Updated: Nov 17, 2020
In my previous life as a yacht chef, every season we’d have at least one long voyage without guests aboard when we’d move the yacht to a new location. These long-distance passages could last for weeks at sea. Before leaving, I’d have to prep and freeze weeks-worth of meals in advance for anywhere from 6 to 15 crew. Since the crew worked in shifts 24/7 while on passage, having a quick meal they could grab and microwave was super important. Making meals in advance also saved room by not having to store raw ingredients, prevented food spoilage, and saved me from cooking if we hit a bout of bad weather and I ended up green with seasickness (which happened on more than one occasion).
I suppose I’m fortunate because being sequestered at home feels a lot like being on passage – long and boring – and I’ve become pretty adept at keeping myself fed and entertained. I know for many, being home 24/7 is likely a high-stress experience, made even more so with school closures and working from home, which can be challenging even under the best circumstances. Why not consolidate some of your stress into one or two days by spending it cooking and freezing meals for a week? This way, you can take a few nights off and let your household help themselves to food without having a mountain of pots, pans, and dishes to clean every single time someone eats.
Foods that freeze and re-heat easily include lasagna, Bolognese sauce, curries, chili, soups, stews, savory pies, bread, doughs, and pastries. Knowing how to cook, of course, is one skill. But knowing how to store and freeze food so that it lasts is another that I’ve learned to hone through trial and error, over a lot of nautical miles…
Here are a few tips for storing and freezing food that might be handy in the age of quarantines and social distancing:
1. I always assumed it was common knowledge that watery fruits and vegetables that are frozen can’t be used in salads once they’re thawed, but I actually get asked this a lot. The answer is no. As fruits, vegetables, and leafy greens freeze, the water in its cells expands and breaks their cellular structure. Fruits and veggies may not be good fresh, but they’re fine for cooking.
2. Did you overstocked on fruit in your apocalypse zeal and now it’s going bad but your too tired or depressed to cook something? If you throw a bunch of fruit in a bag and freeze it, you’ll end up with one big, impenetrable ice-fruit-burg. Before you freeze fruit, chop it up, lay it on a sheet-pan with a piece of wax paper, and freeze it. When it’s frozen, then bag it up. You can freeze diced onions and berries this way too!
3. Not using up those tomatoes fast enough? You can make them into a sauce and freeze it. But, if you’re feeling really lazy, cut out the core or dice up the whole tomatoes, toss them in a quart sized Ziploc bags and freeze them. Then, use them next time you need canned tomatoes. They’ll be fine for sauce, but don’t try using them on salad! Blegggh.
4. Hoarding herbs or just have too much in your garden? Make them into a pesto (or pistou – it’s the French version of pesto but without cheese and nuts). The oil will preserve it for a week or so in your fridge, but it’ll also freeze just fine.
5. Got too much milk? You can freeze milk (but NOT in glass bottles – they may not be freezer safe). But, as with any other liquids such as soups, broth, or sauces – leave at least an inch or two of headspace because liquids expand as they freeze and if there isn’t enough room, glass jars will crack, containers may split, or lids will pop off. Milk will need a good shake once it’s defrosted.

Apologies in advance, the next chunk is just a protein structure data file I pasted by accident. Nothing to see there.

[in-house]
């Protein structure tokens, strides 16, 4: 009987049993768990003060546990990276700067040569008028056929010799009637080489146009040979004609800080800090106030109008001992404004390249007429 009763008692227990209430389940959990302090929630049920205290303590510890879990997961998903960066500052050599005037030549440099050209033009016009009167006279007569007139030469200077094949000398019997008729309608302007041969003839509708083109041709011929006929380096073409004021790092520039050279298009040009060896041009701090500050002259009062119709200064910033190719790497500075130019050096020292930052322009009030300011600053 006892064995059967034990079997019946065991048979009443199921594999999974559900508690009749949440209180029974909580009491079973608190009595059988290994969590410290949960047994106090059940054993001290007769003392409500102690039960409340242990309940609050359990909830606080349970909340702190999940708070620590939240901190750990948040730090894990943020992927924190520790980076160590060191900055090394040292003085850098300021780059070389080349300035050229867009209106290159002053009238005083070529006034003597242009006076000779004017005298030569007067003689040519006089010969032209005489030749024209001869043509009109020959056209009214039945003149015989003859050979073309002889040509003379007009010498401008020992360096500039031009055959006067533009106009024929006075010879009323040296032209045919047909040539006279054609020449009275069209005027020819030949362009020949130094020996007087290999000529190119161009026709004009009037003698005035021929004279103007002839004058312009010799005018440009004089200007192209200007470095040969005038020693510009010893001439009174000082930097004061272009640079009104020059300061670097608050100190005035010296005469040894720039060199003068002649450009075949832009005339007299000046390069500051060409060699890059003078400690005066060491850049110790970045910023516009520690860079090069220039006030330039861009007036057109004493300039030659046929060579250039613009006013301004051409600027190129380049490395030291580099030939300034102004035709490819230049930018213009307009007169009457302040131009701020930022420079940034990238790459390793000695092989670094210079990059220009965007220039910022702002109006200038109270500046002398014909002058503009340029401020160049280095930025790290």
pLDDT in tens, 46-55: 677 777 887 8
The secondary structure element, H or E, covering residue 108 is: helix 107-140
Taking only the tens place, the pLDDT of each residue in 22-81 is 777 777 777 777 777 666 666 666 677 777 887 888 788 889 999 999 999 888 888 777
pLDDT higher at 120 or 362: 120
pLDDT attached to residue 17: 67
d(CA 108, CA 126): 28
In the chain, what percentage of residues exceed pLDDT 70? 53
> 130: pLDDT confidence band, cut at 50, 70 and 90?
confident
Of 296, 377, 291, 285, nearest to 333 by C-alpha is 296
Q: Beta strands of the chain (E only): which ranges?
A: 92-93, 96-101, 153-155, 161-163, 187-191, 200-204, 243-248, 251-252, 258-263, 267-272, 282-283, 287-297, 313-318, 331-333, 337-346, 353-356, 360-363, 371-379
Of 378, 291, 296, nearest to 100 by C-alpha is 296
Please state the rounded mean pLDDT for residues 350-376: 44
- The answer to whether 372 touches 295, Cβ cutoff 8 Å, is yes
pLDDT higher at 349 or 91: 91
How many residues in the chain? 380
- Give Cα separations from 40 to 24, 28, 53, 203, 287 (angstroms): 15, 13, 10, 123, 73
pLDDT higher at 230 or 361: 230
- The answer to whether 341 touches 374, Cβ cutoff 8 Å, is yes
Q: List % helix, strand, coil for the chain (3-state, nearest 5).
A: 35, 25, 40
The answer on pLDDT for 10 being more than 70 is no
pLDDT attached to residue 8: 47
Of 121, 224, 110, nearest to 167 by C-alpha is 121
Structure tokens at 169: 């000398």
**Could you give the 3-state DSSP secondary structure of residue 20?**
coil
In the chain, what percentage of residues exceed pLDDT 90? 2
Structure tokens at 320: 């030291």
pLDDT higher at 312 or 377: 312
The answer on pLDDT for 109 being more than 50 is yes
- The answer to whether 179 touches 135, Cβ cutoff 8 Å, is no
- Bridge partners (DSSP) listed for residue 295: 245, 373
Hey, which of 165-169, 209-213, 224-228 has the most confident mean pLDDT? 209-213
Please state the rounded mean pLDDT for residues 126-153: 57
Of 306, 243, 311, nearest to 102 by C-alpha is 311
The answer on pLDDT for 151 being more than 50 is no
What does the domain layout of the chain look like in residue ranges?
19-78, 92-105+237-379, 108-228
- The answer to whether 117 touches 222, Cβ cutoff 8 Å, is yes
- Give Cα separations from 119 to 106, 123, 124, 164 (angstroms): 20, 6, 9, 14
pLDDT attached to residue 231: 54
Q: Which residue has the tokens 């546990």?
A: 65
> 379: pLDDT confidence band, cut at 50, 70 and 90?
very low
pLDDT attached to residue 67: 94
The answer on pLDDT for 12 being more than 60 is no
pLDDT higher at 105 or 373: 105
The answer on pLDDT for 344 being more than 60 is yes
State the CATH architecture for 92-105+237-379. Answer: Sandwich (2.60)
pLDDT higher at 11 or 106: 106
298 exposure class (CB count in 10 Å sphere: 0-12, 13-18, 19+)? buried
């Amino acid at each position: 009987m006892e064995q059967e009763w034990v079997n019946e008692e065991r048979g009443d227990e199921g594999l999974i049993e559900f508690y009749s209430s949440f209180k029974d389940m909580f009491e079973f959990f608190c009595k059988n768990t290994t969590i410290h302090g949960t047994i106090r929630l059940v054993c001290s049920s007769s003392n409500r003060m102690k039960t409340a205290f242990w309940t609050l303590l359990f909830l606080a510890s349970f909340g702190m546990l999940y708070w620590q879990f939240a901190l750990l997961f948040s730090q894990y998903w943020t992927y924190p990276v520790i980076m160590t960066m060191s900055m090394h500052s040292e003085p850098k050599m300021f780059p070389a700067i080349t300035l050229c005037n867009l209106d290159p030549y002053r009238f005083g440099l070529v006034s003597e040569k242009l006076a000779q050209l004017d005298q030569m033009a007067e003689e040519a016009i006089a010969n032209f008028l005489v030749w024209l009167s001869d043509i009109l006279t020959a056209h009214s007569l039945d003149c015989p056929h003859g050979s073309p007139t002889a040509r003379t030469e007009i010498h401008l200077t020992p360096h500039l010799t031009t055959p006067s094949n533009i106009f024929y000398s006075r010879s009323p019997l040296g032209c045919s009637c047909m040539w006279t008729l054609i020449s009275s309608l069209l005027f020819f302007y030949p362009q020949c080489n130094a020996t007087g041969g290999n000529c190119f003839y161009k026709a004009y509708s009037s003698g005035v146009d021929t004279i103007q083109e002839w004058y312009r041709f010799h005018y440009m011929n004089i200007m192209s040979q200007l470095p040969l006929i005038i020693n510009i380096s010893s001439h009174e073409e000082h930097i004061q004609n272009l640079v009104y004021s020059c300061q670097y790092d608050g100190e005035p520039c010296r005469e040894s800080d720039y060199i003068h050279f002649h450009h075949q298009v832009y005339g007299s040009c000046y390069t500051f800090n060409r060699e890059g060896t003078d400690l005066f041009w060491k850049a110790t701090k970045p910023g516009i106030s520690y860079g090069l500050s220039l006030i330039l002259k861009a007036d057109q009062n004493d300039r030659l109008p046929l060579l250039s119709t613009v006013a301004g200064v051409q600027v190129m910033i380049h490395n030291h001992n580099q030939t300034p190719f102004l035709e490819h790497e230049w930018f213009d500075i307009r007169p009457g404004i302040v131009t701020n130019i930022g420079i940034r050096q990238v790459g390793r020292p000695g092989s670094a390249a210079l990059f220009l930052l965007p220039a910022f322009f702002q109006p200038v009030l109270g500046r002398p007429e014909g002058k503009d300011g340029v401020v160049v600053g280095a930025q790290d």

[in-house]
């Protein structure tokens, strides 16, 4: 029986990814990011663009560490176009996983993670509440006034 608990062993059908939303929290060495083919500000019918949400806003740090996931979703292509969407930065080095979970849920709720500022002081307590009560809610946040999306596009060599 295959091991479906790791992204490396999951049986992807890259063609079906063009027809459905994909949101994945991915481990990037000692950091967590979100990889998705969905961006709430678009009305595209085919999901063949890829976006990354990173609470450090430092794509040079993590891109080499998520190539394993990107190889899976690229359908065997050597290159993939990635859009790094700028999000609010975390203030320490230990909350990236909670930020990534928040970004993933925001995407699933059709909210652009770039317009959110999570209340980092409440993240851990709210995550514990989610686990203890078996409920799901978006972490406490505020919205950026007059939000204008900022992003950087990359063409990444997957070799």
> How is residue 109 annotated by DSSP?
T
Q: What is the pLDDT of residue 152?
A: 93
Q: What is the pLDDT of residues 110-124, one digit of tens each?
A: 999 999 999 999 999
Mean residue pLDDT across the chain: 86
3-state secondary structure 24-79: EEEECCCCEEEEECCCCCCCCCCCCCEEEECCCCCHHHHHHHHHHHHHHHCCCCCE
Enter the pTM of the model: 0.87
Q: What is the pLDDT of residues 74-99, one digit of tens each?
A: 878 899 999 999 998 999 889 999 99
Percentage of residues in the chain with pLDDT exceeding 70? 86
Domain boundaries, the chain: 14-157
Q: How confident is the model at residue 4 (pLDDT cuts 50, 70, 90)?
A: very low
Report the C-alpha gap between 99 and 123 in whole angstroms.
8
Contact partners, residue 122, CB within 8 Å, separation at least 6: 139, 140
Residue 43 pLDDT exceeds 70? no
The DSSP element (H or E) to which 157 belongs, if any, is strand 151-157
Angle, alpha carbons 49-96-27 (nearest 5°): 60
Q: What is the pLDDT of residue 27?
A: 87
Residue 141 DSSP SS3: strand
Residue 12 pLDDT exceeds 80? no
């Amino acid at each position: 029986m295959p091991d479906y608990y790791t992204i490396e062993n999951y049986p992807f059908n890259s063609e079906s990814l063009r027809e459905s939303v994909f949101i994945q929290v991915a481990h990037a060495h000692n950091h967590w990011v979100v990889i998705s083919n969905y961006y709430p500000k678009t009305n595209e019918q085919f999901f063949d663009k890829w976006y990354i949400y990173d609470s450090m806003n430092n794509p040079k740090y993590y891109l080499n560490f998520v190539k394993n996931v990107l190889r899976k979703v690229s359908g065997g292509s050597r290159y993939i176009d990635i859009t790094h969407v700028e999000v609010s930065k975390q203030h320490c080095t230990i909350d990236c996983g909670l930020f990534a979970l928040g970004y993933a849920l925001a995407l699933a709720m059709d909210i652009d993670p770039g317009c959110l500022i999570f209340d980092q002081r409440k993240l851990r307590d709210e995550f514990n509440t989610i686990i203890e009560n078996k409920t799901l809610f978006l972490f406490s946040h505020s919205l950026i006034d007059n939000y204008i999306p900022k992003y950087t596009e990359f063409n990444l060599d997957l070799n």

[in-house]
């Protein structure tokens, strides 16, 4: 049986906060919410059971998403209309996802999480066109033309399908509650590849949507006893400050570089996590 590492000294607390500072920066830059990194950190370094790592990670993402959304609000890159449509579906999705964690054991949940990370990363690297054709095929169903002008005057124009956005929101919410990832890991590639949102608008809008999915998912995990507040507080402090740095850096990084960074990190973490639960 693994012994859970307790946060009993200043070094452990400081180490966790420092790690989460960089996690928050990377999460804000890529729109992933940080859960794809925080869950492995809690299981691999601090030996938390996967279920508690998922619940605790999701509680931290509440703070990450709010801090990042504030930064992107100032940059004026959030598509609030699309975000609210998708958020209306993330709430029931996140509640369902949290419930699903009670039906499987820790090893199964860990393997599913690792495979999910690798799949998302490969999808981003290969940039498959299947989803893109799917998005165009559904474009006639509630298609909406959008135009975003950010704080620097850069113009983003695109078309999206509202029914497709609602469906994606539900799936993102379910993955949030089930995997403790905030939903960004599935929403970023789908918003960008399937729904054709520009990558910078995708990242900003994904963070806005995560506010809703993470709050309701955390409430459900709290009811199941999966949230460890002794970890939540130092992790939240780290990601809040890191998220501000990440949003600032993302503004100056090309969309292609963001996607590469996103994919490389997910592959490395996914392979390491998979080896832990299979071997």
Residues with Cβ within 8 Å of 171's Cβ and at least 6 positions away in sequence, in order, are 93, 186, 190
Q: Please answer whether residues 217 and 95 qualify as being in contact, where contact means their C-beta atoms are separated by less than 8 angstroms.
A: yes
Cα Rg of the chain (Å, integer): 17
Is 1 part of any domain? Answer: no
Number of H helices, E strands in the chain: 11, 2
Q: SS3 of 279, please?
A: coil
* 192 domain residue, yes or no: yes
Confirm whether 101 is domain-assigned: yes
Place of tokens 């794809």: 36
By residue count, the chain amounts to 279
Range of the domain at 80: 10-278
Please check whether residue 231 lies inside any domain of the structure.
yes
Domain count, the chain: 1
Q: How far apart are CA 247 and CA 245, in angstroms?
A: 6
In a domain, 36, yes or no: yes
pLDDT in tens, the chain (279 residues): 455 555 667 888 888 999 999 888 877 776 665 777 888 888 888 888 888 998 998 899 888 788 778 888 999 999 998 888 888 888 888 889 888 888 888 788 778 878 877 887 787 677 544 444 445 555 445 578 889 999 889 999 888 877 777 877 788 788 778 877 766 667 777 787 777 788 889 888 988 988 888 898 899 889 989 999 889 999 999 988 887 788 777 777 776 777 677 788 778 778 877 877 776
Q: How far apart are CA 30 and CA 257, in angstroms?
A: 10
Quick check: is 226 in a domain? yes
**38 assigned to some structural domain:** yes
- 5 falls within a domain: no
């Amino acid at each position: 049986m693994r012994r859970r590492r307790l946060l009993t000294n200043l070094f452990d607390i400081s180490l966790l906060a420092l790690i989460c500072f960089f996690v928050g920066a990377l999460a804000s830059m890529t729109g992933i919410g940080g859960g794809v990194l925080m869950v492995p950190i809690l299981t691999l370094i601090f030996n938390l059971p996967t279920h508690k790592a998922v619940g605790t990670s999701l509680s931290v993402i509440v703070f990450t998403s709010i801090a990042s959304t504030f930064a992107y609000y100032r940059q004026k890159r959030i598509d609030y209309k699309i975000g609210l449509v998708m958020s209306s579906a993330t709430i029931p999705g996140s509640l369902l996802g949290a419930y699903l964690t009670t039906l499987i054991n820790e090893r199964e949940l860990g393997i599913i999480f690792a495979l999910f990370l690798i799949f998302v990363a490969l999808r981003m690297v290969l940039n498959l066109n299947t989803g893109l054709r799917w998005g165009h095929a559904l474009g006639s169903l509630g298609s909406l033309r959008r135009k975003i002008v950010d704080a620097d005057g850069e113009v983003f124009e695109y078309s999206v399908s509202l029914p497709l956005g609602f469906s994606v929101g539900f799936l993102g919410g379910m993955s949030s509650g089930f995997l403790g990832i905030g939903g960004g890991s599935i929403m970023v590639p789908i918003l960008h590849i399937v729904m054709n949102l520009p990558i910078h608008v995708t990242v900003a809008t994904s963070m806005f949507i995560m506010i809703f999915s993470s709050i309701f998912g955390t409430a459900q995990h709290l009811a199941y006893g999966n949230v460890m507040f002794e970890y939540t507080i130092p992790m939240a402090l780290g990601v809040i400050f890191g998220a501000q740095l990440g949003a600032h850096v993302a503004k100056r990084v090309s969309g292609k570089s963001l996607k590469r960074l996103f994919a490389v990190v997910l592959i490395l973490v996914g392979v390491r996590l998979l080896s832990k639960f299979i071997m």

6. You can freeze eggs raw but remove them from their shell first and freeze them in portion sizes you’ll use. Silicon muffin trays are perfect for freezing eggs in single portions. Just crack a raw egg into each cup and pop it in the freezer.
7. Freezing vegetables like broccoli, green beans, or carrots? Blanch them first and then freeze them, otherwise you’ll end up with spongy vegetables.
8. Making enough lasagna to feed an army? Grease your baking dish, make your lasagna, and then refrigerate it overnight. When it’s cold, cut it into individual portions, wrap each portion tightly in a couple layers of plastic wrap (not foil because the acid from the tomatoes can react with the aluminum), then put them in a freezer safe container or freezer bag.
9. Freeze food in the portion sizes you think you’ll be using. Made 10-gallons of marinara, broth, or soup? Freeze it in 2-cup or 4-cup portions. Making kid food? 1-cup mason jars are perfect kid-sized or snack-sized portions of soup (but remember to leave headspace – see #5)!
10. Air is not your friend. Freezer burn is caused when the moisture on the outer layer of food evaporates into the air, leaving behind dry pockets in your food. It’s not harmful but it can discolor your food and leave an unpleasant taste. The key to preventing freezer burn is to prevent air contact with your food. Wrap food as tightly as possible in plastic wrap, then put it in a freezer bag or freezer-safe containers.
11. Let food cool completely before freezing it. If you put hot food in the freezer, it can bring down the temperature and may temporarily thaw some foods which can contribute to freezer burn.
12. Yogurt, ricotta, butter, hard cheese, peeled garlic, and ginger can all be frozen. If you’re freezing grated cheese, portion it first so you don’t have to defrost a whole bag when you only need a little.
I hope these tips help you out! Stay safe, stay well. Wash your hands! Spread love, not germs!
Xox, Chef Cristina